The Passage by Justin Cronin
Justin Cronin’s The Passage is an epic tale of monsters; government monsters and the ones they have created. This is a lengthy read and it covers a full century, shifting seamlessly from one time period to another. Yes, it has and will be compared to many other books out there but it definitely has unique qualities that make it worth the read.
In the opening chapters, we are backtracked in time and introduced to an American doctor. Through a series of emails to his close friend the doctor tells of his experiences in a South American jungle on a research expedition. He speaks of the company he is in, his grief over his dead wife and how his group has been unexpectedly joined by U.S. soldiers. His emails continue with a tale of most of the group being attacked by a large colony of bats, then growing extremely ill and dying. Thus we are given the origin of the vampire virus.
Flash forward some years and we are introduced to Amy, who is the most pivotal character of the book. Amy is the daughter of a woman who has a great deal of hard luck. This woman becomes a prostitute, which eventually leads her to murder someone in self-defense. Knowing that she will be arrested, Amy’s mother desserts her, leaving 6-year old Amy in the care of Sister Lacey and her group of nuns.
Meanwhile, in a government compound in Colorado, the doctor from expedition is performing experiments in an effort to create bio-engineered soldiers that are unconquerable. The FBI has been tasked with recruiting 12 prisoners from death-row to take part in these experiments. When FBI Special Agent, Brad Wolgast picked up his last criminal, Anthony Carter, he saw something in the prisoner that caused him to question the prisoners’ futures. When the next person to be picked up for the doctor’s experiments is 6 year-old Amy, Wolgast knows he must risk everything to save her.
The prisoners are being injected with a compound that originated with the virus that killed the expedition group. The compound transforms them into vampires. Known as “virals,” these aren’t your run-of-the-mill vampires and there is absolutely no romance involved here. These are hardened criminals who have been turned into unearthly killing machines. As it turns out, the vamps can also tap into the human psyche and influence human beings to do their bidding. They are crazed, maniacal killers, but they will keep one in ten victims alive to add to their colony, which operates as a group consciousness, with the original injected victim being the leader. So you got it, all the guards in the world aren’t keeping them in this government compound for long! These inhuman creatures escape from the compound and once unleashed, all of America turns into a place to run and hide. As the killing begins, Wolgast risks everything to save Amy. And Amy knows that she may be the key to saving the world.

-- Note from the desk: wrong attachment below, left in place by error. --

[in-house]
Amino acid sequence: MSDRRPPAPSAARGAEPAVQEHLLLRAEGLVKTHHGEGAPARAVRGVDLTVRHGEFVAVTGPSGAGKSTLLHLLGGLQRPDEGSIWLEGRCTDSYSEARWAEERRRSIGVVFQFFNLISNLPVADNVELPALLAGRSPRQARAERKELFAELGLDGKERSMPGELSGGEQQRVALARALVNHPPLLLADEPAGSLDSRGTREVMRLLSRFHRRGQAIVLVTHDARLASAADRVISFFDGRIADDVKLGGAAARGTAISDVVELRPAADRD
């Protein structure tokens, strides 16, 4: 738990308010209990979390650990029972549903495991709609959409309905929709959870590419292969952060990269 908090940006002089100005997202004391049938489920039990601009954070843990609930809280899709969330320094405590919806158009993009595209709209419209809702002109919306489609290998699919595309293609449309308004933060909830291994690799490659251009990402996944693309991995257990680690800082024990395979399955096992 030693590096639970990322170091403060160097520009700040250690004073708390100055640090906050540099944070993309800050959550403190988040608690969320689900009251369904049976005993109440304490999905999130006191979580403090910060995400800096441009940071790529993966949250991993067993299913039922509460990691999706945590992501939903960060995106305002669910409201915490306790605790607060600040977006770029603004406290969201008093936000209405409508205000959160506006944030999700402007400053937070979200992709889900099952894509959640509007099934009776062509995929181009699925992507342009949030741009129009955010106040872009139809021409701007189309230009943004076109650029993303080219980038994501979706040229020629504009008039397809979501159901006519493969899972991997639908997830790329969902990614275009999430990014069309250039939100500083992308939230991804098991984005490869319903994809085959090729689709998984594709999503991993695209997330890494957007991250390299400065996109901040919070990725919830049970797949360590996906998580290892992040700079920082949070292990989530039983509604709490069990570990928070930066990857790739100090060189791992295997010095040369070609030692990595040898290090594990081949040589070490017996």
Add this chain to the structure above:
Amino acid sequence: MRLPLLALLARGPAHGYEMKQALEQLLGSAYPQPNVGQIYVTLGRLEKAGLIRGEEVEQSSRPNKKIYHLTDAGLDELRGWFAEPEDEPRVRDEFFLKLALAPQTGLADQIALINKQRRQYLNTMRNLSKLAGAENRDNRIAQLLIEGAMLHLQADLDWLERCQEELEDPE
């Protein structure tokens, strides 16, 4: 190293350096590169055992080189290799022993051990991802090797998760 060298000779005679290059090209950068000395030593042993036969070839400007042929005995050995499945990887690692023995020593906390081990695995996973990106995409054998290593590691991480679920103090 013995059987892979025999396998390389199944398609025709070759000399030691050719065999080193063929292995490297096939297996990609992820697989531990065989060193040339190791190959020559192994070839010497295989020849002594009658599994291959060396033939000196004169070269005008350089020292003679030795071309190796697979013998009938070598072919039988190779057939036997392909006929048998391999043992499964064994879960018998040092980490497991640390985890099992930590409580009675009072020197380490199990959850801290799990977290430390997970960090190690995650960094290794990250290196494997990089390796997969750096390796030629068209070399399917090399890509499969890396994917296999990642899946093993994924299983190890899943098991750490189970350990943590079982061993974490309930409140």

Flashing forward several decades into the future, we join a California community who is struggling for survival in a post-apocalyptic United States. They must keep the lights on as protection from the “virals” of the night. But the batteries that run those lights won’t last much longer, A teen aged girl named Amy has wandered into the community and not everyone trusts her. Members of the community are beginning to turn on one another in mysterious ways, and the “virals” seem to be getting closer each day. Amy leads a small group outside the walls on a quest to save the world.
Is The Passage just another post-apocalyptic read, another story about vampires? No, this book is an experience to slowly soak in. It’s a melancholy creepy, monsters-from-the-dark story that will scare your pants off. Why is it scary? Because the author makes the science behind how the vampires came to be, seem feasible. These are not your typical vampires and although the focus of the story relies on the vampires’ existence, the vampires themselves aren’t present through a lot of the book.
Justin Cronin takes us gracefully from one setting to another with some superbly written characters. We learn a lot about each character’s background. We go along with them as they fight for survival. The reader is able to watch the characters grow and change in a natural way as they are depicted with angst, love, depression, cruelty, heartbreak, weakness and a depth of strength and courage that they are unaware that they possess.